CART (Communication Access Realtime Translation)

Like sign language interpreting, CART is used with consumers who have a hearing loss (D/deaf, hard of hearing). This provides equal access to communication.  It uses the same equipment used in court reporting and closed captioning for your television.  Simply, it could be considered closed captioning in real time.  Check out the video below to see how it works.

CART sign language intepretingWhen should CART be used?

CART works well when used by itself but also in conjunction with sign language interpreting services.  It is often used in a classroom environment (as shown in the attached video). It also can be helpful in larger venues like conferences.   For example, at a conference the speakers tends to be far away from the audience. They walk around the room while speaking.  Reading the speakers lips, hearing them when their back is turned, or hearing questions from the audience is impossible.  This would be difficult to follow even if you had a slight hearing loss.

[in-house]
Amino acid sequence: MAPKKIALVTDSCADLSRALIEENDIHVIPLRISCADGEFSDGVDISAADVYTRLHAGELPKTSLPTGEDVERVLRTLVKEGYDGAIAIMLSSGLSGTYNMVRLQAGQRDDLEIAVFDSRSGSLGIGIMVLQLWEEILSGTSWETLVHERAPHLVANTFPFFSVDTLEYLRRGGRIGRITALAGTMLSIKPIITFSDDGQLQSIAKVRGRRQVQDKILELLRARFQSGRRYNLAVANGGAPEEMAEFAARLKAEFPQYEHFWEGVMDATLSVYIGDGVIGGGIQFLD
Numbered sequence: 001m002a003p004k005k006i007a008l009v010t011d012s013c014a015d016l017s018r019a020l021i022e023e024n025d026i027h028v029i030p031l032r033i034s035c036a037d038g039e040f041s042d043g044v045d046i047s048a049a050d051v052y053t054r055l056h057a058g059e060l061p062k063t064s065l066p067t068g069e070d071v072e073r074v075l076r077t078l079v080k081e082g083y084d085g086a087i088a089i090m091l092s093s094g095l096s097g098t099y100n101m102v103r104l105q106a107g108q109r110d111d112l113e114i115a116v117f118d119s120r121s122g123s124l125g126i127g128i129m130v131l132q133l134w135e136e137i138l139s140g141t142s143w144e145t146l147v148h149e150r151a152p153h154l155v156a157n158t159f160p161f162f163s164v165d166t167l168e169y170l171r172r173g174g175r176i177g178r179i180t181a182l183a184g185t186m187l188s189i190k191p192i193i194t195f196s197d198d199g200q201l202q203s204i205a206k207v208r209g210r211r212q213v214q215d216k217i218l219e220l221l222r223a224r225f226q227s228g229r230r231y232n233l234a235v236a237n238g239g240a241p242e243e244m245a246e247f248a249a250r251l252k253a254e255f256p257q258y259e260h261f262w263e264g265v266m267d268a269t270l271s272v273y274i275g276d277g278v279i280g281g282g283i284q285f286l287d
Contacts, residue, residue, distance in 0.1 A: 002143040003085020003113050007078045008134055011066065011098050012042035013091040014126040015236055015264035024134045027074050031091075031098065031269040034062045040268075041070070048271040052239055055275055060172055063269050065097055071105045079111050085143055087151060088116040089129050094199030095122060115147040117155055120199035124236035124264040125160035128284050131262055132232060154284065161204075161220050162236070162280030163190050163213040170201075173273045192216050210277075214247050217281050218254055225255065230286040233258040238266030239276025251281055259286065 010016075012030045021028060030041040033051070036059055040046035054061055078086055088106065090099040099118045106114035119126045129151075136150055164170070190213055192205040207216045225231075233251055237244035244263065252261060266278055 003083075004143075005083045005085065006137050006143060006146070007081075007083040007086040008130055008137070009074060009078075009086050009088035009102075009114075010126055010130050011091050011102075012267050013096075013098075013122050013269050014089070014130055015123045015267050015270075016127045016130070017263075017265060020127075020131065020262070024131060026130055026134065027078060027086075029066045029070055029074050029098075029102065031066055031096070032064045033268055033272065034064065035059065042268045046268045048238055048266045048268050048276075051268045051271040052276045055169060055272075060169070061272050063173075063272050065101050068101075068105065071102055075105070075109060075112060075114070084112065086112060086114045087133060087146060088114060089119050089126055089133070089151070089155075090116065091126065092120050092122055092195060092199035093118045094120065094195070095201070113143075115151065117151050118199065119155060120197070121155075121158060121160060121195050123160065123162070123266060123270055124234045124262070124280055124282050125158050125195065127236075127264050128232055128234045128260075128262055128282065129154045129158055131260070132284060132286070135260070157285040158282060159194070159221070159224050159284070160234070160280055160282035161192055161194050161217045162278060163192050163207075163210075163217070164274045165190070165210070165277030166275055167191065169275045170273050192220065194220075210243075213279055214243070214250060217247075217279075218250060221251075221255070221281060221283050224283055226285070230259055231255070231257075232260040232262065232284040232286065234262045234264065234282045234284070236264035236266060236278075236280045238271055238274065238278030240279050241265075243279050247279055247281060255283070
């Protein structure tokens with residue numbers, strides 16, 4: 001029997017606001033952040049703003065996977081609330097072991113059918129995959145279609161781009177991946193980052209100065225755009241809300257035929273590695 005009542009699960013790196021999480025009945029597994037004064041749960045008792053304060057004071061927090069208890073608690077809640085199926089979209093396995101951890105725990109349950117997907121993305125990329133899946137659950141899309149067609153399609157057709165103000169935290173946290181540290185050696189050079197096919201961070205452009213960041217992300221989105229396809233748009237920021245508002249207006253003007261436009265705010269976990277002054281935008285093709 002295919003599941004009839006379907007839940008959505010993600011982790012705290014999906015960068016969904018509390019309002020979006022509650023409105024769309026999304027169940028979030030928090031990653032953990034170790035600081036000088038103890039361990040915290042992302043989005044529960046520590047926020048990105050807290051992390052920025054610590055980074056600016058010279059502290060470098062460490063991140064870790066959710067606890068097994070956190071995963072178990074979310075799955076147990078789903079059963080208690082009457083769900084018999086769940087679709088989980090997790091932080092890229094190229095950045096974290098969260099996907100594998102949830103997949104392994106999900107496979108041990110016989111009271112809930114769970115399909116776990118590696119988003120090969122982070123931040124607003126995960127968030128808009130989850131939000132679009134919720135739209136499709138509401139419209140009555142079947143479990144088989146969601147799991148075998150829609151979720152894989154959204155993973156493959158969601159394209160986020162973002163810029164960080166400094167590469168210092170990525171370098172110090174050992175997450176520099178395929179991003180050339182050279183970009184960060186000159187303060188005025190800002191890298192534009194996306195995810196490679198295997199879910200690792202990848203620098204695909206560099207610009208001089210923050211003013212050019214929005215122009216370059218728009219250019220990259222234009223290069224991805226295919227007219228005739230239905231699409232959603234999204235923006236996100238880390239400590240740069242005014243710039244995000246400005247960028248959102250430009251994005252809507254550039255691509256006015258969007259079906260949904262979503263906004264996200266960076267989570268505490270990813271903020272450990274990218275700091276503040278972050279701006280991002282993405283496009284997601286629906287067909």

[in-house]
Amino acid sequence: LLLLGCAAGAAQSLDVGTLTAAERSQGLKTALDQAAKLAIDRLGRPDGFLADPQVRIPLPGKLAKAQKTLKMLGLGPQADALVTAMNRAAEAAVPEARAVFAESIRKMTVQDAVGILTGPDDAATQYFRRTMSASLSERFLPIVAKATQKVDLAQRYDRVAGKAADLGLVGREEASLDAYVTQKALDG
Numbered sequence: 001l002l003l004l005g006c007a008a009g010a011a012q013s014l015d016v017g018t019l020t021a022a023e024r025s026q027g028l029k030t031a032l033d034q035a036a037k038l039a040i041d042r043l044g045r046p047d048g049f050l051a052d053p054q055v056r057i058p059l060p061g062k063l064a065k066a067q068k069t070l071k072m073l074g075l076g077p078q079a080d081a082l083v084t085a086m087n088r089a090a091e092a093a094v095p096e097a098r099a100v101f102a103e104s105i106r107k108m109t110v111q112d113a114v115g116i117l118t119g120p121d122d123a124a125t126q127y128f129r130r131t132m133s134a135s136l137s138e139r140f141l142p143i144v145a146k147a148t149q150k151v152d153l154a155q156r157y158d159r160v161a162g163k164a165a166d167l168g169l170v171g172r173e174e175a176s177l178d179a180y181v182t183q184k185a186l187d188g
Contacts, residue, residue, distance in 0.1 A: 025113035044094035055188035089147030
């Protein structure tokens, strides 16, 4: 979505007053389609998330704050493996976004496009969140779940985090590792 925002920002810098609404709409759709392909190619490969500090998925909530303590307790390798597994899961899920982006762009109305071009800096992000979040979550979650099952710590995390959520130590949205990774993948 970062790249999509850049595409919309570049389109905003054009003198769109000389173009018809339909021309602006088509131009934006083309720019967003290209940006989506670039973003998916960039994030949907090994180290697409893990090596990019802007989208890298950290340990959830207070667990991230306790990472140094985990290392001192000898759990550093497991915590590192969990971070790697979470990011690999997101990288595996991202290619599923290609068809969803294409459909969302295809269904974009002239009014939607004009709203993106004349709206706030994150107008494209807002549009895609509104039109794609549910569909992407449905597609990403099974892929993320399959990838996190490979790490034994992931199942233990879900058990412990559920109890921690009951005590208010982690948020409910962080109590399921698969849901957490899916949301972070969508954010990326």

What does the Writer do?

The CART Writer types a shorthand of the English into a stenotype (court reporting typewriter) that is connected to a laptop/tablet. It has specialized programming.  The English version is then projected onto a screen.  At a conference, it’s usually the same screen where the PowerPoint is projected.  This allows the person with the hearing loss to follow along with the speaker and the PowerPoint at the same time.  The translation is verbatim what the speaker is saying.  It will also specify when someone other than the speaker is speaking.

Should I use CART?

It’s important to understand not every D/deaf person uses English as their first language, and CART may not be suitable for everyone. It should be treated just like any other equal access accommodation.  You may think it will work best for your specific needs. If so, discuss it with the D/deaf consumer and see if it is a good match.


This video is a great description of CART:




Photo Credit:


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